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While few nursing homes use health information exchanges (HIEs), they will have to adapt quickly to meet policy and public demands to more effectively use technology for improving communication between healthcare providers.
That was the conclusion of researchers who interviewed 15 nursing home leaders at 14 locations for a study published in the fall edition of the American Health Information Management Association's Perspectives in Health Information Management publication. The nursing homes were part of the Missouri Quality Improvement Initiative (MOQI) national demonstration project, which focused on implementing Direct HIE services.
The study is a continuation of research that began earlier this year.
Through the interviews, the researchers determined there to be three vital factors for nursing homes considering HIE adoption:
- Readiness to adopt technology
- Availability of technology resources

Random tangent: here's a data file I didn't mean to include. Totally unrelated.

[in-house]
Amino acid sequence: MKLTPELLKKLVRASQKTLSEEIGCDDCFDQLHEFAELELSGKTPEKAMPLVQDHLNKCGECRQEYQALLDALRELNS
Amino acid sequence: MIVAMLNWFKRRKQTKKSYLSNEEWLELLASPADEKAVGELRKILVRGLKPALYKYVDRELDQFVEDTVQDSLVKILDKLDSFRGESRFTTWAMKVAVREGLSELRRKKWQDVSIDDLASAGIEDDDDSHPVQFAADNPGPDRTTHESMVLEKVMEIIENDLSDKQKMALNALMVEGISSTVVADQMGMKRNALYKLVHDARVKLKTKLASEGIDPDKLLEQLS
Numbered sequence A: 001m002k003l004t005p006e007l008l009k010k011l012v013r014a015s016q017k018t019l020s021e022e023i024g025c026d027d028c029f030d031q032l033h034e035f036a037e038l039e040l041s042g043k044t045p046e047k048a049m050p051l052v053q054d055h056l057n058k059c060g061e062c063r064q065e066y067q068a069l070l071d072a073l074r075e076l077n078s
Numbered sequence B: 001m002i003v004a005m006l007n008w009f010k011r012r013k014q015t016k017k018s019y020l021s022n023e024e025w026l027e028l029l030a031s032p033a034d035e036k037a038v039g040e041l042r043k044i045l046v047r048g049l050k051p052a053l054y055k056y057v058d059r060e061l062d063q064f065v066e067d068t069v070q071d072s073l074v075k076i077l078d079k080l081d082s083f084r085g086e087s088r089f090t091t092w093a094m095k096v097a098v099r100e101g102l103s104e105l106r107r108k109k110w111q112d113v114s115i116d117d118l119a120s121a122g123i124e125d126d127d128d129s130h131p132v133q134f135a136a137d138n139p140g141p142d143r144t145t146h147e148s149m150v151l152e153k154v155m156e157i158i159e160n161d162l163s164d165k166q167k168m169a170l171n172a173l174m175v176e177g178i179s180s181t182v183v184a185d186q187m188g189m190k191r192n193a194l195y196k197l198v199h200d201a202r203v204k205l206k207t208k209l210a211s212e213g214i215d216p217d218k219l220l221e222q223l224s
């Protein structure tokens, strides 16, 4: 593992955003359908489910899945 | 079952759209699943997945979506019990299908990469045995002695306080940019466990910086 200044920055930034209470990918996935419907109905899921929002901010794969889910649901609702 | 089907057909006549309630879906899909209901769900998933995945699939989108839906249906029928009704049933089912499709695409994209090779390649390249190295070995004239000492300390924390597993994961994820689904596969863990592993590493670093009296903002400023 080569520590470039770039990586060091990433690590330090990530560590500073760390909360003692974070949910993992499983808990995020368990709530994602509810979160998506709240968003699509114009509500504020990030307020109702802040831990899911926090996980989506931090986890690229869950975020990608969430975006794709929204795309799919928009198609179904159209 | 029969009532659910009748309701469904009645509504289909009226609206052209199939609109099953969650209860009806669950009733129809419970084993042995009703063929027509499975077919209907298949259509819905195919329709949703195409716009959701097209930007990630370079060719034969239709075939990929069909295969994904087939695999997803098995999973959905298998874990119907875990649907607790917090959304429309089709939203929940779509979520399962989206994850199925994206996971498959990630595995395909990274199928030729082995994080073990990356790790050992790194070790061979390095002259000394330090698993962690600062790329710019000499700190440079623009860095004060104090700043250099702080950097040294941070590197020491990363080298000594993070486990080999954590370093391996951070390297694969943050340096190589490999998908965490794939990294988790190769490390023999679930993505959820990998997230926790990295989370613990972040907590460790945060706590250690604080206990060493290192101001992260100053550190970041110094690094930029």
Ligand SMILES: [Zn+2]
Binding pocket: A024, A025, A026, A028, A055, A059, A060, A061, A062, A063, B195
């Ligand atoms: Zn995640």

- Matching technology with new clinical workflows
Readiness suggests that an organization has the infrastructure, technological resources, connectivity and desire to make the HIE work. Some of the facilities, for instance, had “dead spots” without connectivity. Others spoke of the difficulty of getting everyone on the same page, both inside the organization and with outside providers.
“Facilities need to decide where their greatest need is internally to support technology adoption, but this may need to be balanced with finding outside stakeholders who will support immediate technology use so that the workflow can be tested and revised as needed,” the authors stated.
There were also themes to the interviews, including:
- Incorporating HIE into existing work processes: Some employees were not accustomed to communicating by email or in other instances, used multiple email accounts not associated with the HIE. “I think it would [help if] they try to work on one system that works for everybody,” one participant noted.
- Appropriate training and retraining: Participants found value in recurring, hands-on training. Nursing homes have higher levels of turnover than other healthcare providers, which can have a significant impact on costs and workflow.
- Developing policies for technology use: Proper policies are essential at rollout to prevent further delays.